A small disclaimer: Ever since another mom sympathized with me and introduced me to the term "the witching hours" I've been wanting to write about them, to remember when I'm older how much of a whirlwind this time is. I of course do not mean my children are at all into witchcraft or wizardry. But they do seem to be able to make a lot of magically awful things happen all at once.
Since school got out, Jimmy has been home and works his cleaning job M-Th evenings. Yes, this has been quite a vacation for all of us, and I have appreciated the help with crowd control during the day. Really, he's pretty lucky because he leaves the house at just the right time. Some mom's call them "the witching hours", I always say, "It's just that time of day" but whatever you want to call them, those hours from about 5 p.m. until bedtime are just wretched. It's as if right before the stork dropped them into this atmosphere he whispered, "Fall to the earth, little one. Snuggle up to your mommy and daddy. Be really cute. But make sure you cry, whine, make trouble, fall down and get hurt, over react, feel really hungry, and act really tired from five to eight p.m." I don't know what it is, but the volume seems to go up 150%, and it's like eight people need my help instead of four. Someone always seems to be getting hurt, and it's absolutely impossible for them to leave me alone.
I guess it's because I'm trying to meet a lot of needs during this time, dinner being the most important. I'm not even cooking complicated stuff, here. But in the time it takes me to make scrambled eggs and broccoli my sanity is all of a sudden hanging itself by a noose made of this yellow yarn which seems to always be pulled out from my "no toddler zone" anyway and floats all over the house. I'm dropping food from the counter into their mouths like a trainer at Sea World drops raw fish into Shamu's belly. It's a wonder there's anything left for dinner.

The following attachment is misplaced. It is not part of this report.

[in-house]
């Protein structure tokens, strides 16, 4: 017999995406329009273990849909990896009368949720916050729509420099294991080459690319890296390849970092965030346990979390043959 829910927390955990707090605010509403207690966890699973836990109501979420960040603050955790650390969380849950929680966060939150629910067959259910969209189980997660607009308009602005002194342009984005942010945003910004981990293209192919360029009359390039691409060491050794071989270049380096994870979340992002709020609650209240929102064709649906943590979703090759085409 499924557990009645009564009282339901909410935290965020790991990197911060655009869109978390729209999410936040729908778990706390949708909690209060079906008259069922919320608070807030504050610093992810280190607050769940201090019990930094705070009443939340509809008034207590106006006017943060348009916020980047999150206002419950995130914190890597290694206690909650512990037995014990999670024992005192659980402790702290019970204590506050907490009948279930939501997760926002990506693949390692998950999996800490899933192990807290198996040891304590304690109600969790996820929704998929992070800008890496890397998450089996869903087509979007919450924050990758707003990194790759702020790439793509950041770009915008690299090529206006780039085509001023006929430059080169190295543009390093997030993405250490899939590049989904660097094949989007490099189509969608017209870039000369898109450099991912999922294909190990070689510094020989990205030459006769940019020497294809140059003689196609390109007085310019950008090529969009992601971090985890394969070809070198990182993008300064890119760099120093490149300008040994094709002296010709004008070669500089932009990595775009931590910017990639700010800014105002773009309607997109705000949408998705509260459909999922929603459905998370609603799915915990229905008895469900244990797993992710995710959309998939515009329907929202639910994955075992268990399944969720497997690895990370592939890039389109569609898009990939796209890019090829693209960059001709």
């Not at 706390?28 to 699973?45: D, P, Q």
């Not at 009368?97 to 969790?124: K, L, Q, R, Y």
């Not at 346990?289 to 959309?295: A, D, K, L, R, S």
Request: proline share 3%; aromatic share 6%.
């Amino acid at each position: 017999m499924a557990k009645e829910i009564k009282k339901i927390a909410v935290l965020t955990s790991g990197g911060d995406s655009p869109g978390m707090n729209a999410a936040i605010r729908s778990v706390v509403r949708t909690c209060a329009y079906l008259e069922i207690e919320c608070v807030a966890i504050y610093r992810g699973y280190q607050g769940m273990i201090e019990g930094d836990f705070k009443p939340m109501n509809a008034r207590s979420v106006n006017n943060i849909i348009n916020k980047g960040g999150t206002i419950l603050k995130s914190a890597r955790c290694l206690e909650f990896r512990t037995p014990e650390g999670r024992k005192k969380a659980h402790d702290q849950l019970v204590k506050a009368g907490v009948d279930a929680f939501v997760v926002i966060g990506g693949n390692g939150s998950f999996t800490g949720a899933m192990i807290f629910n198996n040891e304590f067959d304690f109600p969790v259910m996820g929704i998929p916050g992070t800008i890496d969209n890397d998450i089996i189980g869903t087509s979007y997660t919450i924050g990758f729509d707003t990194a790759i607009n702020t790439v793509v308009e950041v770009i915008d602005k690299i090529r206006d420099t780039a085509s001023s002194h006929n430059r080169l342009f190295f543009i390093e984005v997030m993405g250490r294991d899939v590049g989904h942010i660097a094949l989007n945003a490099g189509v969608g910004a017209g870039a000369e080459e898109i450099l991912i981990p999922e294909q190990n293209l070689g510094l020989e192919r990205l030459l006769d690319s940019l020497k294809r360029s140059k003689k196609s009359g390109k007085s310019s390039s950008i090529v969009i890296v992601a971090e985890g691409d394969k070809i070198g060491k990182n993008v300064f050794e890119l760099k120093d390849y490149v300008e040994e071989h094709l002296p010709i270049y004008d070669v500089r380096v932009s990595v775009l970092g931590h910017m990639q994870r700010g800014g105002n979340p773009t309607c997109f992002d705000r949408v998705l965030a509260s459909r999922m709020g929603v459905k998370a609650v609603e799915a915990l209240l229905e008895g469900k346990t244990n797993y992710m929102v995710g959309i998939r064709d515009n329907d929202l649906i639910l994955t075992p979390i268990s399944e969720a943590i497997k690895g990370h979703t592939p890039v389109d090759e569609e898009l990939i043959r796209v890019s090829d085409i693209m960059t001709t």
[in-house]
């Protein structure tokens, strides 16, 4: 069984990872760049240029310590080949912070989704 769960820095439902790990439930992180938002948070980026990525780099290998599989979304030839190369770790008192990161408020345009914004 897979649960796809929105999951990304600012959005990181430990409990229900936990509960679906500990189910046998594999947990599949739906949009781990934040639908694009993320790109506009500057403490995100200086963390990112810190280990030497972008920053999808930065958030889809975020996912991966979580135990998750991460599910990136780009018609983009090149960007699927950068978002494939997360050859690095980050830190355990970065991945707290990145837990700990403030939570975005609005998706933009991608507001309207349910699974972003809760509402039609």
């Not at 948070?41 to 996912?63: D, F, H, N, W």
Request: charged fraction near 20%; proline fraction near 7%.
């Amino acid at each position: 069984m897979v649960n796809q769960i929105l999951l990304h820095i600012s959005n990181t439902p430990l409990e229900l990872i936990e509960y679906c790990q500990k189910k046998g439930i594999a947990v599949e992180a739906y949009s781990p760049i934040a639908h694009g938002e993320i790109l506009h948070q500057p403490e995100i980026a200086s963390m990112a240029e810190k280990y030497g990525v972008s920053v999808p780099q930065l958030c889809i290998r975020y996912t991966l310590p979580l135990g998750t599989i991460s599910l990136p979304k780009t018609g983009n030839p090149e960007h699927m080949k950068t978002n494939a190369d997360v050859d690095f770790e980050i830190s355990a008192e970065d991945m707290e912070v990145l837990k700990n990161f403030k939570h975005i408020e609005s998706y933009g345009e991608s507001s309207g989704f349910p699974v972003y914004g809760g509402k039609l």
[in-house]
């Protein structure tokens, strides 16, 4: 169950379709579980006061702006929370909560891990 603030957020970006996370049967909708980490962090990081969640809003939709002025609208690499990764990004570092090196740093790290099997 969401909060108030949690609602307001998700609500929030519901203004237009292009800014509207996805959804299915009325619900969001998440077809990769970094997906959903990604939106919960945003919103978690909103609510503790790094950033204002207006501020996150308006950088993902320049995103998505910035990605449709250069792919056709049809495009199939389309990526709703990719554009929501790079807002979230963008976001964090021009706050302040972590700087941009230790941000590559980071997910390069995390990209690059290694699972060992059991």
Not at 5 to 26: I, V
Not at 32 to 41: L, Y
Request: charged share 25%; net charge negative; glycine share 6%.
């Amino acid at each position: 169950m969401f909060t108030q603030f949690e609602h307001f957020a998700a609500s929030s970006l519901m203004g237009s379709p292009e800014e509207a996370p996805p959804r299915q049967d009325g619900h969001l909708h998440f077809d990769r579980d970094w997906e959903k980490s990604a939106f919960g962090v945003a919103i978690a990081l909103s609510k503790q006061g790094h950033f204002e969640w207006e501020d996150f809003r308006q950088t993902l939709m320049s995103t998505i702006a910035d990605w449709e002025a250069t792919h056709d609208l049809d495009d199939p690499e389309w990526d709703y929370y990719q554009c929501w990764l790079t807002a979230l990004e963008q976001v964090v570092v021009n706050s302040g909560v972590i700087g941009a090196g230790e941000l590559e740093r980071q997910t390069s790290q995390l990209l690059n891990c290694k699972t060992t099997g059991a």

But there is an intermission. If I can make all our plates of food, place them all on the table at the exact same time, and have everyone begin their meal together, those few seconds when everyone takes their first bite and are chewing, are golden. It is TOTALLY silent. It happened last week and let me tell you, it was the most wonderful quiet I've ever heard. Yes, it only lasted about thirty seconds but it showed me that it is possible to outsmart these tiny, loud, dramatic, larger than life creatures we call children. I catch my breath and assure myself I still stand at the helm of the ship, even in the midst of a nor'easter.
Once dinner is over, chaos erupts while I try to work until the kitchen qualifies as "clean". The kids help me clear the table, which often involves Cash dumping his leftovers on the floor, but at least they try. Then, it's bath time, whether they need it or not, because it kills 30 minutes and keeps them from making further messes all over the house.
After they are dressed and ready for bed, their rooms are "clean" and they have done any other random chores I can dish out, I put them in front of a video, the duration of which is in direct proportion to just how crazy things have been for the last two hours. I use video time to nurse Penelope and stare at her cuteness.
And lastly, with my energy at about 15%, I put them to bed, say prayers, and try to close the door as fast as I can before someone else asks another question, wants their blanket fixed, says they're thirsty, or uses another one of their many tactics from their stalling arsenal. I am not afraid to admit that sometimes I say my final "good night" through clenched teeth.
And then, it's 8 p.m. And I can finally breathe and do things without interruption. Like finish this blog, which I've been writing on for three days. And eat, sitting down, without getting up until I'm finished. They may be called "the witching hours" until bedtime, but after that I enjoy something very magical called "quiet." Shhhhhhhhh...